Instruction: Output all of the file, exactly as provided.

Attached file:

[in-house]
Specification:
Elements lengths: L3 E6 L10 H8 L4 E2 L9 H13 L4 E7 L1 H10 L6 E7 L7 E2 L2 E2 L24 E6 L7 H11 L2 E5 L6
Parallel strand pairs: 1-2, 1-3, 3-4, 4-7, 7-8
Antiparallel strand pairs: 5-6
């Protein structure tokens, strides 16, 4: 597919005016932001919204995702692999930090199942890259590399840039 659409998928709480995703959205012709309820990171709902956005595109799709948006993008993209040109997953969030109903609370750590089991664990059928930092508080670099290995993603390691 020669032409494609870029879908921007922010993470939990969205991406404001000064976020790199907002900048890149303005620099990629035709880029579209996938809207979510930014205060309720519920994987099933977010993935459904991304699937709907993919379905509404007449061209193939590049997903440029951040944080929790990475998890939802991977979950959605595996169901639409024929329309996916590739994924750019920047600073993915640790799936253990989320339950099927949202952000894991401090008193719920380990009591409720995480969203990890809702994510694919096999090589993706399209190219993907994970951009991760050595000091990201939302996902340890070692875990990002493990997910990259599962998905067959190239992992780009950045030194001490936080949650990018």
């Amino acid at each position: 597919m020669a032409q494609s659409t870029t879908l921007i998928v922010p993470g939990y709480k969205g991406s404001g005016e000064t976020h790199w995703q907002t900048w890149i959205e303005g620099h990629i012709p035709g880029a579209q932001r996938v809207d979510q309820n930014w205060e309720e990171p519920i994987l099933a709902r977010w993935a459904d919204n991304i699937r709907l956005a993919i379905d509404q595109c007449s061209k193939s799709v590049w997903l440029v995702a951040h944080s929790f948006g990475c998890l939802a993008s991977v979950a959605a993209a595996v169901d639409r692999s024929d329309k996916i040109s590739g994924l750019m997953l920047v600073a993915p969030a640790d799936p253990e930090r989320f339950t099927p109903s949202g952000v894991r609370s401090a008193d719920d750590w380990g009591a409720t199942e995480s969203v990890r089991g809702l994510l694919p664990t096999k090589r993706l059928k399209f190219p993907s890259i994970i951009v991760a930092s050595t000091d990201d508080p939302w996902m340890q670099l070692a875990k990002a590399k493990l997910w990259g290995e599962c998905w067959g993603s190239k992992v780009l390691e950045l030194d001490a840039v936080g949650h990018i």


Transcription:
[in-house]
Specification:
Elements lengths: L3 E6 L10 H8 L4 E2 L9 H13 L4 E7 L1 H10 L6 E7 L7 E2 L2 E2 L24 E6 L7 H11 L2 E5 L6
Parallel strand pairs: 1-2, 1-3, 3-4, 4-7, 7-8
Antiparallel strand pairs: 5-6
């Protein structure tokens, strides 16, 4: 597919005016932001919204995702692999930090199942890259590399840039 659409998928709480995703959205012709309820990171709902956005595109799709948006993008993209040109997953969030109903609370750590089991664990059928930092508080670099290995993603390691 020669032409494609870029879908921007922010993470939990969205991406404001000064976020790199907002900048890149303005620099990629035709880029579209996938809207979510930014205060309720519920994987099933977010993935459904991304699937709907993919379905509404007449061209193939590049997903440029951040944080929790990475998890939802991977979950959605595996169901639409024929329309996916590739994924750019920047600073993915640790799936253990989320339950099927949202952000894991401090008193719920380990009591409720995480969203990890809702994510694919096999090589993706399209190219993907994970951009991760050595000091990201939302996902340890070692875990990002493990997910990259599962998905067959190239992992780009950045030194001490936080949650990018």
């Amino acid at each position: 597919m020669a032409q494609s659409t870029t879908l921007i998928v922010p993470g939990y709480k969205g991406s404001g005016e000064t976020h790199w995703q907002t900048w890149i959205e303005g620099h990629i012709p035709g880029a579209q932001r996938v809207d979510q309820n930014w205060e309720e990171p519920i994987l099933a709902r977010w993935a459904d919204n991304i699937r709907l956005a993919i379905d509404q595109c007449s061209k193939s799709v590049w997903l440029v995702a951040h944080s929790f948006g990475c998890l939802a993008s991977v979950a959605a993209a595996v169901d639409r692999s024929d329309k996916i040109s590739g994924l750019m997953l920047v600073a993915p969030a640790d799936p253990e930090r989320f339950t099927p109903s949202g952000v894991r609370s401090a008193d719920d750590w380990g009591a409720t199942e995480s969203v990890r089991g809702l994510l694919p664990t096999k090589r993706l059928k399209f190219p993907s890259i994970i951009v991760a930092s050595t000091d990201d508080p939302w996902m340890q670099l070692a875990k990002a590399k493990l997910w990259g290995e599962c998905w067959g993603s190239k992992v780009l390691e950045l030194d001490a840039v936080g949650h990018i």